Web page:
MOSCOW — According to official accounts, it sounded more like a street battle from the Bolshevik revolution than a fight among soccer fans.
Scores of train and shop windows were smashed as rival fans armed with bricks, rocks, bottles and clubs battled on a railway platform in the Ukrainian city of Kiev after a game Sept. 19 between league leading Moscow Spartak and fading powerhouse Dynamo Kiev.
Outmanned militia, normally capable of intimidating the average Russian with a well practiced frosty glare, looked on helplessly as the rioters battled.
"There was an explosion in a telephone booth and the clothes of one Spartak fan were set alight," said an eyewitness account in the Moscovsky Komsomolets newspaper. "Passengers' suitcases were thrown on the rails. I turned my back and was stupefied. An avalanche of people rolled over the platform. A real bloody battle began. Even girls were fighting."
Police made 13 arrests but were criticized for their apparent slow reaction and inability to control the mob.
Just how deep-rooted and potentially dangerous fan rivalries have become was described by a group of Spartak players who were attacked by Dynamo fans as they were window shopping in the Ukrainian capital the day before the match.
The players were so intimidated they refused to wear any type of clothing on the streets of Kiev bearing a Spartak logo after fans had warned they would "get them" if they were not careful.
"There are 5,000 of us, so be careful, beware," one fan shouted at the frightened visitors.
The September riot in Kiev, dubbed by some newspapers as the worst soccer violence in the Soviet Union in the 1980s, has triggered an investigation into what now appears to be a growing and increasingly dangerous phenomenon.
Soviet fans have proved to be great innovators when it comes to the weapons of the soccer wars. Sharpened belt buckles, brass knuckles, car aerials, crude zip guns and homemade fire bombs are the most common.
A month after the Kiev battle, fans from first division club Guriya, in the Georgian town of Lanchkhuti, went berserk after a loss to the visiting Metallist club from the Ukrainian town of Kharkov. Rioters smashed stadium windows and kept the visitors and the referees virtual prisoners in a windowless room for three hours until police arrived to escort them through the hostile mob.
On the same day, Oct. 17, in Vilnius the capital of Lithuania and a hotbed of Lithuanian nationalism and anti-Russian sentiment, about 300 fans of the local Zalgiris club battled groups of fans of the Red Army club in the streets of the city. Police arrested 18 people.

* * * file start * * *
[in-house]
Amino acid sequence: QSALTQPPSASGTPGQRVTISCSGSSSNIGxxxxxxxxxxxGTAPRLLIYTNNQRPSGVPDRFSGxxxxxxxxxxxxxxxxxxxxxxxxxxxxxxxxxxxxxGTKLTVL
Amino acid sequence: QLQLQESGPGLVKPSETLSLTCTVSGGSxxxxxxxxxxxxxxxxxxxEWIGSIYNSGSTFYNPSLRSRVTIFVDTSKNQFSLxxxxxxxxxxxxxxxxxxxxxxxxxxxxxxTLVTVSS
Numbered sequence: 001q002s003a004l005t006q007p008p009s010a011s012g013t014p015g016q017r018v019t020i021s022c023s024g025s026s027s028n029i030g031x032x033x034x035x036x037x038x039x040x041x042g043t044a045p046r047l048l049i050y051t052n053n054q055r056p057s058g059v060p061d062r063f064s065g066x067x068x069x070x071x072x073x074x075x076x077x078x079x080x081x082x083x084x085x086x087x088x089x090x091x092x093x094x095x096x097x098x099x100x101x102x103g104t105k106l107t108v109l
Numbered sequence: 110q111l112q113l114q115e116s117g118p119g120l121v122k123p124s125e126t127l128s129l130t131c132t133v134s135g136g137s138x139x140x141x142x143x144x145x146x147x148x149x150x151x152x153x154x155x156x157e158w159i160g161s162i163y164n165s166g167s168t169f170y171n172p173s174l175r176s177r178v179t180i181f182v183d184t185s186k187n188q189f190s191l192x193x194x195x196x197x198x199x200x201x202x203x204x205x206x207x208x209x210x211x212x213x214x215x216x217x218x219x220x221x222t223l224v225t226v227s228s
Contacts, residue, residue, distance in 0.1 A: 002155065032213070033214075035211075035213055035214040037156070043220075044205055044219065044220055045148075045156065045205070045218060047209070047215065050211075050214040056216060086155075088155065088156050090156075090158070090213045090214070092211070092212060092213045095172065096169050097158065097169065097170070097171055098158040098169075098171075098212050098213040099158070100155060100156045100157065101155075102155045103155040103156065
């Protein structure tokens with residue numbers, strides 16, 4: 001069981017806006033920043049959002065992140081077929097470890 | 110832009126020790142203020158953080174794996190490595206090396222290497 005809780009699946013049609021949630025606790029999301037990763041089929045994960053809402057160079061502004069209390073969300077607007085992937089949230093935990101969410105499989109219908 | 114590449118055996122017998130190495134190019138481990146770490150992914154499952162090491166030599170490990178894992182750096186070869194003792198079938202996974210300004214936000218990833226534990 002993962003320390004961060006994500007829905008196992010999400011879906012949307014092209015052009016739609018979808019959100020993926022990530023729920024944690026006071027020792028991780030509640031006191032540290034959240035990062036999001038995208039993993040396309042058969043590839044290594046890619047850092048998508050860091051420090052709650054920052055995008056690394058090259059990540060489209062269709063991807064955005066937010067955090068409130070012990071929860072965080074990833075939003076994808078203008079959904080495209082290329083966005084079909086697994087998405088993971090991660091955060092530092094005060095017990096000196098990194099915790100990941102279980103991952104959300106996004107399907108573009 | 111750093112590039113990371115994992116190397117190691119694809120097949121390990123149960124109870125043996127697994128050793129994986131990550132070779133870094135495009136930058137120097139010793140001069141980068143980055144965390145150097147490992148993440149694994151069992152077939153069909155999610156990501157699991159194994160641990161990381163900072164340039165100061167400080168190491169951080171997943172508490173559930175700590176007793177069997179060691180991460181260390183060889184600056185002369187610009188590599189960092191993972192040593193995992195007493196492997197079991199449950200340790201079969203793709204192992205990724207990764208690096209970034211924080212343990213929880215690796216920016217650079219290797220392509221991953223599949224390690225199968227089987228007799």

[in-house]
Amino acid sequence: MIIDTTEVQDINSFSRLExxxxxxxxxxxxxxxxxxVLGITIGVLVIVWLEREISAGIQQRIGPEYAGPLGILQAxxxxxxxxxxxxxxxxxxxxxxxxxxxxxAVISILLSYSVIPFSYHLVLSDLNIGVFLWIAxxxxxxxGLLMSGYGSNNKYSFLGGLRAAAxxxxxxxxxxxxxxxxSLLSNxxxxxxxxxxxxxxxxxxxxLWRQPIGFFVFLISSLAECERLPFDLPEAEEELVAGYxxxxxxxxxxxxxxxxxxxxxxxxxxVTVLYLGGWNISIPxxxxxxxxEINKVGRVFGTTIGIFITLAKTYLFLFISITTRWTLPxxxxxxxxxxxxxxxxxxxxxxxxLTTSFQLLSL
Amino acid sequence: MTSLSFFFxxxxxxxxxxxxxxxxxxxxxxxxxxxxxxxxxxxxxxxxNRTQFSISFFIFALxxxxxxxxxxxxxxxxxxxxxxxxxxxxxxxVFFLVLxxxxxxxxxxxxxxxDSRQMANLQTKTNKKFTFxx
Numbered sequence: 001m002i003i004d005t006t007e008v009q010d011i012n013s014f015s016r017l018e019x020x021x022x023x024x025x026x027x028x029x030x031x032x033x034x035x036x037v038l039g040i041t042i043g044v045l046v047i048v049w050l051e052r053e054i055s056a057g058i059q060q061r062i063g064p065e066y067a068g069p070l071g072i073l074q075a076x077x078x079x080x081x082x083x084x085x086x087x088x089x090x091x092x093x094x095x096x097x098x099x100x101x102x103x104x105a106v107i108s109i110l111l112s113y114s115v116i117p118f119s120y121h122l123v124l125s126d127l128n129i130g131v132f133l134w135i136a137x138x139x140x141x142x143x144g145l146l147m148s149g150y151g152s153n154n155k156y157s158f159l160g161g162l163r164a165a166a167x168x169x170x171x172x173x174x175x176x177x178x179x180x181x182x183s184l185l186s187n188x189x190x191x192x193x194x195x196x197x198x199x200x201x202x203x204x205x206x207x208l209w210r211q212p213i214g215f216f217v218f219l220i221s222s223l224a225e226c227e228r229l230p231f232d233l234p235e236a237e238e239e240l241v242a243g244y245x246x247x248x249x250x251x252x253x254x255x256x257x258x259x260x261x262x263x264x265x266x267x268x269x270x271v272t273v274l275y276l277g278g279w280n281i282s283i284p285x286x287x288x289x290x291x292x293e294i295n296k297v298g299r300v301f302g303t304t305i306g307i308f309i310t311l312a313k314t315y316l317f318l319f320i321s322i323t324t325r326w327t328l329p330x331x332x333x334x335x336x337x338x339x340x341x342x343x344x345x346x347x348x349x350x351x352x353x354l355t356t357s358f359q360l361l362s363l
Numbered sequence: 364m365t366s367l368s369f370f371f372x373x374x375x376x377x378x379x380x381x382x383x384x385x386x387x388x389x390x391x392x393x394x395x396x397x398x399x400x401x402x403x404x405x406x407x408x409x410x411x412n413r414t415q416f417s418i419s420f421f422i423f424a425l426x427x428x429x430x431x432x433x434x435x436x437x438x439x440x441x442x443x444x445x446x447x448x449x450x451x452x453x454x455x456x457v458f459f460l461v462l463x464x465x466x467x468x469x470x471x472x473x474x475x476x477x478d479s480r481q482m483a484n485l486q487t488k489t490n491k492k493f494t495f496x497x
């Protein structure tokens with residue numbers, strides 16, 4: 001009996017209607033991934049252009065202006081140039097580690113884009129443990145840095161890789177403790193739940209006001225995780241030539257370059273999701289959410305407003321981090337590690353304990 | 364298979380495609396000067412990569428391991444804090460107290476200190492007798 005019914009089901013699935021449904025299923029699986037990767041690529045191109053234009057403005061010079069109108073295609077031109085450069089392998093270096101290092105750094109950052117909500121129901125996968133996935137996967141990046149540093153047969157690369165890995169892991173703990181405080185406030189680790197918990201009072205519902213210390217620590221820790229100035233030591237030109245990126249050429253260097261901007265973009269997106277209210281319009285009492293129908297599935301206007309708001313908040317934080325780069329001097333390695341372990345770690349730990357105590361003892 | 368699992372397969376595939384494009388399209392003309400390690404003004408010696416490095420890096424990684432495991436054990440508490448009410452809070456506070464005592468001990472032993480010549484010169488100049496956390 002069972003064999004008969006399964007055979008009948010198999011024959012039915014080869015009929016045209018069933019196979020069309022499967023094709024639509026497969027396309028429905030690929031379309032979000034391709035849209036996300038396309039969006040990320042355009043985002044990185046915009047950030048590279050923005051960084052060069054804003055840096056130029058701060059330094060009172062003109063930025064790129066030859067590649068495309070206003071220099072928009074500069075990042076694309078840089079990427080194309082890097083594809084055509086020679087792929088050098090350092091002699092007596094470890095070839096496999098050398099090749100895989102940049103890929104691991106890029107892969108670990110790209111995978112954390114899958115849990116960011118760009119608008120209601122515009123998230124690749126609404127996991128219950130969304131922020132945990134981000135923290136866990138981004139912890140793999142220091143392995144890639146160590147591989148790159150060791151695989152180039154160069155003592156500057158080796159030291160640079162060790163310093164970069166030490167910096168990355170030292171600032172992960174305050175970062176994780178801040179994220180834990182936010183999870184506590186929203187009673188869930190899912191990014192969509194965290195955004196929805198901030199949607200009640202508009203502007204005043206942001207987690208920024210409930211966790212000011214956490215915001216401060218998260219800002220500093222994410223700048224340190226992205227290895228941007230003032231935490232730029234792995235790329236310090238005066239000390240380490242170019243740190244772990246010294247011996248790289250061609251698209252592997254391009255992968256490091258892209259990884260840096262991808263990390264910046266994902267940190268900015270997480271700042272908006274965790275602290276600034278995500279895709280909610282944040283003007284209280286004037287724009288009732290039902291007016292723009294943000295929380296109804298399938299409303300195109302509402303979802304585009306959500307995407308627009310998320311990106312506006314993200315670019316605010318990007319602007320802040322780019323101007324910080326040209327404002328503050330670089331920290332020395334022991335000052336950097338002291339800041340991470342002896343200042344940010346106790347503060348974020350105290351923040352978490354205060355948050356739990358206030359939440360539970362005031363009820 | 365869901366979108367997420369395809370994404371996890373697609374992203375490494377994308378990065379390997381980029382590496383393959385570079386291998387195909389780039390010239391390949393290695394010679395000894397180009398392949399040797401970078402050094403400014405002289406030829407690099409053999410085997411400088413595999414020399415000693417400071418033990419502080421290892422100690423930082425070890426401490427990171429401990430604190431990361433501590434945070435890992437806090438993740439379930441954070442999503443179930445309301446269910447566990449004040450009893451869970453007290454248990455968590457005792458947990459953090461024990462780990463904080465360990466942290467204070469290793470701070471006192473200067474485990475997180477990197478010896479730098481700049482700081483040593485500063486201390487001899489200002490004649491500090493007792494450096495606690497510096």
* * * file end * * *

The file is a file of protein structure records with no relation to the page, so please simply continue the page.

In an attempt to stem the tide of violence, the Soviet Football Federation moved the next six scheduled home games of Guriya to neutral venues "because of the undisciplined conduct of fans" and issued warnings to officials from the Vilnius club to better control the rowdy fans.
So far, no riot deaths have been reported this year but officials believe it may only be a matter of time.
Among measures taken to control the violence have been the barring of alcohol from stadiums and increased police numbers. Cafes and beer bars that have been identified as gathering places for troublemakers are being shut on game days.
Visiting and home fans are being segregated at most stadiums in an attempt to defuse potential clashes. Children under 16 are barred from attending night matches. Women, who once made up a sizable section of stadium crowds, are now a rarity at matches because of the brawling.
The growing regularity and viciousness of the violence is especially alarming because of the normally docile behavior--thanks at least in part to tight police controls--of large crowds in the Soviet Union.
Visiting musicians, especially rock performers, often complain about the lack of response among Soviet crowds. But when it comes to soccer, Soviet crowds are amazingly similar to any others in the world, their banners waving amid the hooting and whistling. To sit in their midst is to feel the undirected anger and frustration of a mob just waiting for a riot to happen.
Some soccer officials put down the new wave of fan violence as a by-product of Soviet leader Mikhail Gorbachev's policy of glasnost or openness, with its implied toleration of demonstrations of public sentiment.
Others perceive it as a dangerous reflection of the breakdown of strict law and order fostered by dictator Joseph Stalin and to a lesser degree his successors. Coupled with this view is the perception that soccer fanaticism is a thinly veiled outlet for nationalist sentiments among minority cultures threatened with domination by all things Russian.
"Such football fans without knowledge provide fuel to those who try and give nationalized coloring to such incidents," warned Moscovsky Komsomolets.
Certainly to blame are crowds of bored and disaffected youths, apparently frustrated with the system and seeking any outlet to express that frustration.